How Coppola nearly turned down the ‘godfather’ offer 50 years ago


Released 50 years ago this week, “The Godfather” broke all box office records, won Best Picture at the Oscars and introduced millions of fans to a world of mob bosses, of murders for account and cannoli.


But when director Francis Ford Coppola, then “about 29 years old”, was offered to adapt Mario Puzo’s bestseller, he says he almost refused.

“I was very disappointed when I started reading…it was really a pot that Mario Puzo had written to get money (for) his children,” Coppola said at a 50th anniversary screening at the Academy Museum of Motion Pictures in Los Angeles late March 21.

“When they offered me the opportunity to do it – mainly because everyone had turned it down – I turned it down as well.”

Fortunately, a young associate by the name of George Lucas insisted that Coppola take the job, as their fledgling countercultural film studio American Zoetrope was heavily in debt.

“’Francis, we need the money! The tax office is going to chain the front door… You have to accept a job like this, ”recalled Coppola, saying the future creator of “Star Wars”.


The rest, as they say, is history.

The Godfather, released on March 24, 1972, in an unusually large number of theaters on its first day, was in September the highest-grossing film of all time, supplanting “Gone with the Wind”.

In doing so, he helped usher in the era of blockbusters, which really took off when Steven Spielberg’s “Jaws” took over the box office record three years later.

According to Peter Biskind’s book “Easy Riders, Raging Bulls,” Coppola won a bet that Paramount would buy him a stretch limo if the film made $50 million. It grossed over $130 million.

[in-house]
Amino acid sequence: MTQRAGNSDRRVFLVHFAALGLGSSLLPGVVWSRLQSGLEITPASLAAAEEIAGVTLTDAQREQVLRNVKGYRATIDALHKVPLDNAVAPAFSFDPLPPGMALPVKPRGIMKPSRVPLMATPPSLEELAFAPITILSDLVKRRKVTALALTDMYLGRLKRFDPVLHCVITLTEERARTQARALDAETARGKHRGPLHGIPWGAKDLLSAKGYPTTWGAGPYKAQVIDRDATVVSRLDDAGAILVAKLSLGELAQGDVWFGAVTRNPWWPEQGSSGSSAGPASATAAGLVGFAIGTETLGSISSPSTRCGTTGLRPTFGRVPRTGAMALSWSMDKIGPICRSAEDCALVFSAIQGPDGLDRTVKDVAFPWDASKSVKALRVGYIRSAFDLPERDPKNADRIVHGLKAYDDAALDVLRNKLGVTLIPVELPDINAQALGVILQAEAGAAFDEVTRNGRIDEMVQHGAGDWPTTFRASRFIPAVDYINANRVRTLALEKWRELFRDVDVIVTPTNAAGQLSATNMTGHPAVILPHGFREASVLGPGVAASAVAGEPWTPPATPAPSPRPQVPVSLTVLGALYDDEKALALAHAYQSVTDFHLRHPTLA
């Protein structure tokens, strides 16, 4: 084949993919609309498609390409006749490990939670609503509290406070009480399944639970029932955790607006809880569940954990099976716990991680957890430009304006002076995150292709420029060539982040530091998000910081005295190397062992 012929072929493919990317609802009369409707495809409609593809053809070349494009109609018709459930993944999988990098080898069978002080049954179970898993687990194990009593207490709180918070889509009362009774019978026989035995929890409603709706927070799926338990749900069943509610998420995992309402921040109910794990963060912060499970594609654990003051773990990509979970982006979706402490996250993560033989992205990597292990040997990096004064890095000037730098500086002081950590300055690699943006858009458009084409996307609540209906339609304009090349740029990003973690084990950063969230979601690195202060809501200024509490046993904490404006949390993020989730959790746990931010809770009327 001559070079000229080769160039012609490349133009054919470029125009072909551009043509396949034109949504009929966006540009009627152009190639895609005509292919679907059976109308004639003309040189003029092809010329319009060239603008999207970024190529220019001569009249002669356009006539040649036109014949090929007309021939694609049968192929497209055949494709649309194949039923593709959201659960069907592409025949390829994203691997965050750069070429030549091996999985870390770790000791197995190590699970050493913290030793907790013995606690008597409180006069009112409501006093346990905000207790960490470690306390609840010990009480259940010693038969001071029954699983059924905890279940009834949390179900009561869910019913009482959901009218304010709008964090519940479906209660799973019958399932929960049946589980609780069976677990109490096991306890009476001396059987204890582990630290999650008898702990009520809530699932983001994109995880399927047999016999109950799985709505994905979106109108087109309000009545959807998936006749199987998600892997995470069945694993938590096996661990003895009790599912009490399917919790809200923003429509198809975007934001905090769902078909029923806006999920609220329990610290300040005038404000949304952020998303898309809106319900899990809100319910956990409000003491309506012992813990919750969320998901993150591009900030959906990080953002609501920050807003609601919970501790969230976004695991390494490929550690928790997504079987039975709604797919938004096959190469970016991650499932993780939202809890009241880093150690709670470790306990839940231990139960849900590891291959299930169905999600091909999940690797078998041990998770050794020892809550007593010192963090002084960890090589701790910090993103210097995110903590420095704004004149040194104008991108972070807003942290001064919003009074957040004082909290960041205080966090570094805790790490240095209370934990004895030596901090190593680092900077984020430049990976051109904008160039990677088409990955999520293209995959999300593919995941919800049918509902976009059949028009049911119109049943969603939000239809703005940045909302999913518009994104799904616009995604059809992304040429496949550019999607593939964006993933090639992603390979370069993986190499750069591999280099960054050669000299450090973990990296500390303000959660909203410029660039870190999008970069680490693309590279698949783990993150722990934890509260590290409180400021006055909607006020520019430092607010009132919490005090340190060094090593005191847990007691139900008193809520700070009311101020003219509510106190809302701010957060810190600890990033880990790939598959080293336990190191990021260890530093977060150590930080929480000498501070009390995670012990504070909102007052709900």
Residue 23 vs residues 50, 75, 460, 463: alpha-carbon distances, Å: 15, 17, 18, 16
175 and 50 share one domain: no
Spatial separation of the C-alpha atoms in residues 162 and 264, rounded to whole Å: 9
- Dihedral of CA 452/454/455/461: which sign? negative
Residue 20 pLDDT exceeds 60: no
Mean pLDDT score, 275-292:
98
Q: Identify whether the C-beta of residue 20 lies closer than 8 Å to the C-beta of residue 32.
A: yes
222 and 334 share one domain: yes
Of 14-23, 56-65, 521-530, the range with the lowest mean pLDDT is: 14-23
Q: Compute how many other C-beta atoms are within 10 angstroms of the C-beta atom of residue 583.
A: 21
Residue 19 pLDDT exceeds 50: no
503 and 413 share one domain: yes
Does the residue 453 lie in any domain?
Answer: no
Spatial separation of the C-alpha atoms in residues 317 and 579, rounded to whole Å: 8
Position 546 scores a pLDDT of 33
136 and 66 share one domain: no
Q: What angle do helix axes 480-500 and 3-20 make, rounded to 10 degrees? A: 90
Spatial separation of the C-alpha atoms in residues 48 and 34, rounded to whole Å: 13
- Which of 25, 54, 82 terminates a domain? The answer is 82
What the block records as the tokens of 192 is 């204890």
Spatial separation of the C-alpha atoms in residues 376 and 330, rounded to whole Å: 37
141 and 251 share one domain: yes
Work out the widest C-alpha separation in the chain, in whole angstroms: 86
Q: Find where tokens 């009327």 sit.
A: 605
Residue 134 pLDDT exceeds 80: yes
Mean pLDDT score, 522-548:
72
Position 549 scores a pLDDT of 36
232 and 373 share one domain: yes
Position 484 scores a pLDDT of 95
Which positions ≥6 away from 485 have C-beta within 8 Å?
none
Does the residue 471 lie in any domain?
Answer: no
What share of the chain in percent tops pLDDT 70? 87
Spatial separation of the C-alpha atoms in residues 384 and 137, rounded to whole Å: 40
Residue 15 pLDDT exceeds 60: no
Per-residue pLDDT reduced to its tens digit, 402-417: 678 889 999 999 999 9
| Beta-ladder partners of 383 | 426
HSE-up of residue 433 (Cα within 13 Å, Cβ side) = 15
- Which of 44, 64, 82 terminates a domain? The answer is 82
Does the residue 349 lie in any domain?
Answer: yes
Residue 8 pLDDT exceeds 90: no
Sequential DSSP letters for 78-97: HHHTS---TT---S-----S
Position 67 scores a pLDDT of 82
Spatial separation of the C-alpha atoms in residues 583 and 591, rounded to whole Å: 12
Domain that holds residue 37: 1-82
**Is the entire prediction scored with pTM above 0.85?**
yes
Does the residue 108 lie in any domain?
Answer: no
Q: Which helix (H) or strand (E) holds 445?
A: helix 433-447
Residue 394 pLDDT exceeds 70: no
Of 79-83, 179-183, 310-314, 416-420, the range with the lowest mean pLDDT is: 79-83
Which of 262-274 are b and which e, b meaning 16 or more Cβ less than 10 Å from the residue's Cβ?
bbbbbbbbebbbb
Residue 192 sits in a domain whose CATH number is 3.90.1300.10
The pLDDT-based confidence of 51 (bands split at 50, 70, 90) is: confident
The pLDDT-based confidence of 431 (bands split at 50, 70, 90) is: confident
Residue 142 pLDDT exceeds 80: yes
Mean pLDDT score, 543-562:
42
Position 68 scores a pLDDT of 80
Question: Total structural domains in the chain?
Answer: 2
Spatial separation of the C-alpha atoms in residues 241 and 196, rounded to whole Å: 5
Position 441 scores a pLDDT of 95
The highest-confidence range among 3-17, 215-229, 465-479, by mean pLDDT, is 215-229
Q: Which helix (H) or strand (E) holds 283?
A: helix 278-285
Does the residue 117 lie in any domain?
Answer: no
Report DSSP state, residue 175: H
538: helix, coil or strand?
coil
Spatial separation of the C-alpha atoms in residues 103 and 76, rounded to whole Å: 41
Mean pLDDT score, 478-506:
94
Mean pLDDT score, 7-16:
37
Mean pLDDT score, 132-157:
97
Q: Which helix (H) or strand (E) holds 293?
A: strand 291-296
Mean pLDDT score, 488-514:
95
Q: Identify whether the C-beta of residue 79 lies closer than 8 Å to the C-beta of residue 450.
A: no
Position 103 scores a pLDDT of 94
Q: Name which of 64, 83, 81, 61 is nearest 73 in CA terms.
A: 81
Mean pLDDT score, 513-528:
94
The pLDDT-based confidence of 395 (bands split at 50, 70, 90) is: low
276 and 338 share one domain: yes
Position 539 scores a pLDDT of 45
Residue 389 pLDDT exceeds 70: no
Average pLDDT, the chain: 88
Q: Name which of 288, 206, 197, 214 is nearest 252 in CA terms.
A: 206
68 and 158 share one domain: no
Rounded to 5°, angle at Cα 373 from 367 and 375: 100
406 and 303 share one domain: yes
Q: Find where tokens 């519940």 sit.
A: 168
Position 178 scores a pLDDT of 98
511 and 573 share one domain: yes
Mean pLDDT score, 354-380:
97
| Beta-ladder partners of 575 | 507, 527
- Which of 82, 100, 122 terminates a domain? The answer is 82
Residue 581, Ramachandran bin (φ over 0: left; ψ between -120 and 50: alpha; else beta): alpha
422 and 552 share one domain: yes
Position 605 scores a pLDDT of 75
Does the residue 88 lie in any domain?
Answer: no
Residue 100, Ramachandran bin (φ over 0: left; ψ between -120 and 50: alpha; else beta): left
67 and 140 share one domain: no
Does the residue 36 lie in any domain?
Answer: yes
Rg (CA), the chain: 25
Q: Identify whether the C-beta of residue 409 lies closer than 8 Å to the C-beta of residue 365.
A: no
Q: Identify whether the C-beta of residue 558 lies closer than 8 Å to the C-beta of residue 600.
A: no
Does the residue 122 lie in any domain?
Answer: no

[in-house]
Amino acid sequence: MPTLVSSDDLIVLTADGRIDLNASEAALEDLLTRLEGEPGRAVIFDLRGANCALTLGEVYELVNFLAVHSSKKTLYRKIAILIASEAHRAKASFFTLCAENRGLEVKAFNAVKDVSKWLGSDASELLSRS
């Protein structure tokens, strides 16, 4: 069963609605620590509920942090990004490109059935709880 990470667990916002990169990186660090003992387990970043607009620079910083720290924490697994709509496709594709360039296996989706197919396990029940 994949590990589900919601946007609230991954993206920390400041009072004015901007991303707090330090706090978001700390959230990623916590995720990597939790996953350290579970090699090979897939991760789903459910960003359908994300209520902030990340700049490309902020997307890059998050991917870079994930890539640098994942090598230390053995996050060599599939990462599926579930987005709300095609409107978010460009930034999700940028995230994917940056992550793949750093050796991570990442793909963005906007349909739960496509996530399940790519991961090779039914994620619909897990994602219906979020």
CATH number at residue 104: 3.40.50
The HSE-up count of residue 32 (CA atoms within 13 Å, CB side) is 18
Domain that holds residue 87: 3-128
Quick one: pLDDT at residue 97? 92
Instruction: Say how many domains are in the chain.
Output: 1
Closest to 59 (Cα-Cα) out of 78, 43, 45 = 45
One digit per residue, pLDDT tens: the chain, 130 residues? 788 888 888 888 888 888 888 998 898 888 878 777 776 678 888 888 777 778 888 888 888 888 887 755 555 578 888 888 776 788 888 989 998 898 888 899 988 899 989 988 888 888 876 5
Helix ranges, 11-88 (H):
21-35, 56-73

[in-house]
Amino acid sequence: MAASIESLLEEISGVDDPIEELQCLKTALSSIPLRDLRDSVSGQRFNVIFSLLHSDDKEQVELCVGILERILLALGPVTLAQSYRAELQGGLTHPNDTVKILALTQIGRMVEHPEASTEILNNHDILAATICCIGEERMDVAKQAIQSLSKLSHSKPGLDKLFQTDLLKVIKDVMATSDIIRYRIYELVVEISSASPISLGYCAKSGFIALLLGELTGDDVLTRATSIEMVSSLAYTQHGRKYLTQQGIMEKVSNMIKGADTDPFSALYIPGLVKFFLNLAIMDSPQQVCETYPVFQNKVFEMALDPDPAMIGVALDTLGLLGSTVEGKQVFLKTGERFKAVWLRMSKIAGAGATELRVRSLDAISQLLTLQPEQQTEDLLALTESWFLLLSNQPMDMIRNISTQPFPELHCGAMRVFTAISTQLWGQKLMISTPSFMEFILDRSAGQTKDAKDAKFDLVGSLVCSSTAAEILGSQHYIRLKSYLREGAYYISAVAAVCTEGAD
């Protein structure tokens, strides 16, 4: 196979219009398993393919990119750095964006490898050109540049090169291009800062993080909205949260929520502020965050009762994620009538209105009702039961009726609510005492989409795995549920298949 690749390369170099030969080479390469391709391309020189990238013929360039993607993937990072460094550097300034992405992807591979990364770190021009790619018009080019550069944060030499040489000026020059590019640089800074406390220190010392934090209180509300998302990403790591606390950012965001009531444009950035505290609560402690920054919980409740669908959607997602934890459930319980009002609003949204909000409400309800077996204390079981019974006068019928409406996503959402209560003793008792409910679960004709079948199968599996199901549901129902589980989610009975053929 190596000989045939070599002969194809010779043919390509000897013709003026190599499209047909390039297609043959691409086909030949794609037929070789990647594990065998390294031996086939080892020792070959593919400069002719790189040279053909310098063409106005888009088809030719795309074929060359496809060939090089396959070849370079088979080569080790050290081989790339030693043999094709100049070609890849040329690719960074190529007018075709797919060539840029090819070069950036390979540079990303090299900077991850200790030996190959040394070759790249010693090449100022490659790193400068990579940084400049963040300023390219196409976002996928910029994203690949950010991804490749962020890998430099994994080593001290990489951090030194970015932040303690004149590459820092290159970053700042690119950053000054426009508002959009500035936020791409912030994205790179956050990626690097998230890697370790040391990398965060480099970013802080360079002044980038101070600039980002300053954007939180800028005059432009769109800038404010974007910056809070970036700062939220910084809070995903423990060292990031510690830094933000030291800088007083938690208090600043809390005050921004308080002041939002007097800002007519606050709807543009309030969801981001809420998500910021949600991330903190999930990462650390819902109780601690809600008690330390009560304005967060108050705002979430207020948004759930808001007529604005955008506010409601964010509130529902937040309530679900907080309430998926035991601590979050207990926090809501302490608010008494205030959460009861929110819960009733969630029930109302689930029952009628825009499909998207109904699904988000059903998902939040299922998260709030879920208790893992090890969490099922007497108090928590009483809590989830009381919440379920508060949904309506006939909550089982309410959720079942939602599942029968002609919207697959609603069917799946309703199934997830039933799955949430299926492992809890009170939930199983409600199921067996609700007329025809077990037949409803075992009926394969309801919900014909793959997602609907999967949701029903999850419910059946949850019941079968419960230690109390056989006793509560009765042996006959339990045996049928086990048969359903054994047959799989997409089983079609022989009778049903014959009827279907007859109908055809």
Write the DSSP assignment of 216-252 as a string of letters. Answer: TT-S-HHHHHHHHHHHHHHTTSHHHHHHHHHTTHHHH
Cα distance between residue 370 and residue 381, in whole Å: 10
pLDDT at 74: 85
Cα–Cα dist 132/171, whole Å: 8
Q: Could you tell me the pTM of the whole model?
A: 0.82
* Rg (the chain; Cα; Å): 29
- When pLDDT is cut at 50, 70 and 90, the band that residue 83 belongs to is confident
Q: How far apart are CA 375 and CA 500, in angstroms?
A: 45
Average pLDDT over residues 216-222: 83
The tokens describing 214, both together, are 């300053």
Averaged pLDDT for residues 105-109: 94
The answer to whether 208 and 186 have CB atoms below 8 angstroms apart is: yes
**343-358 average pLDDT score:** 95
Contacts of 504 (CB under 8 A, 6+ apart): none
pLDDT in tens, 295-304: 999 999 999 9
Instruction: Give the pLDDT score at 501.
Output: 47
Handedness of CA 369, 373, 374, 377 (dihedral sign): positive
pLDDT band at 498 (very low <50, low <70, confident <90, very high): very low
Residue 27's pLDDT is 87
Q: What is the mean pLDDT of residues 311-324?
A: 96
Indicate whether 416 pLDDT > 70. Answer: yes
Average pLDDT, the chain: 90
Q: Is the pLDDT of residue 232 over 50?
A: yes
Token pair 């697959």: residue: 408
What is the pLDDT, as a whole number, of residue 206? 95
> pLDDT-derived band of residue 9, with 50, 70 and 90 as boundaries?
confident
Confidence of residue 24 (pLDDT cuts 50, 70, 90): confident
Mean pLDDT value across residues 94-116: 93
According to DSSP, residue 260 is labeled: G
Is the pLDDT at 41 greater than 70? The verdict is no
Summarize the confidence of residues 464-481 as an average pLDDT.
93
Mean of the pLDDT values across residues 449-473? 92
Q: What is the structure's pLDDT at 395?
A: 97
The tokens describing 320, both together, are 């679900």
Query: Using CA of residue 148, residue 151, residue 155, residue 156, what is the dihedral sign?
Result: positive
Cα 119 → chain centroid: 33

Coppola became the first superstar director, with the financial clout to back up his artistic credentials.

“It was the start of a new era for directors,” Biskind wrote.

But in many ways, “The Godfather” was an unlikely hit.

By 1972 gangster movies were out of fashion. Paramount had released “The Brotherhood” with Kirk Douglas four years earlier, and it bombed.

But Mario Puzo’s mafia novel was gaining popularity and the same studio owned the rights.

Still, Paramount struggled to find a director – Hollywood title writers like Elia Kazan, Costa-Gavras and Peter Bogdanovich refused.


Although he was a leader of the New Hollywood movement of hot young, anti-establishment directors, Coppola did not have any major successes to his name and was approached in part because of his Italian ancestry.

“If it got a lot of resistance from offended Italian-Americans who thought it was disparaging Italians, I’d get the heat, you know?” said Coppola.

While Paramount wanted a quick and cheap adaptation, Coppola fought for a bigger budget, insisting the film be shot in New York City, in its original 1940s setting rather than the present day.


“The budget was around $2 million, $2.5 million. And by my desire to do it in New York and to do it in the 1945 period, that meant it was probably going to be at least doubled,” Coppola recalls.

“Which they weren’t happy about at all.”

Paramount production chief Robert Evans, a major Tinseltown actor who had bought the film rights, battled with Coppola over the casting.

The only star name attached, Marlon Brando, was washed away, while Al Pacino was a relative unknown, not the “big, handsome guy” Evans wanted.


“Al is very handsome, but in his own way,” Coppola joked.

He added: “All the women liked him a lot. Al Pacino was very attractive to girls. I wondered why exactly. But it always was.”

“Nevertheless, when I suggested Al Pacino for the role, the people at Paramount really started wondering if they had cast the wrong person.”

As it turned out, “The Godfather” won Best Picture, Brando won Best Actor, and Coppola and Puzo shared the Oscar for Best Adapted Screenplay.

Pacino was one of three film stars nominated for Best Supporting Actor, along with James Caan and Robert Duvall. The film had 11 nominations in total.

A sign of her lasting legacy, Coppola was honored with a star on the Hollywood Walk of Fame this week ahead of Sunday’s Oscars, and the Academy Museum announced a new gallery dedicated to the film.

“‘The Godfather’ was so much more successful than anyone could have imagined,” Coppola said.


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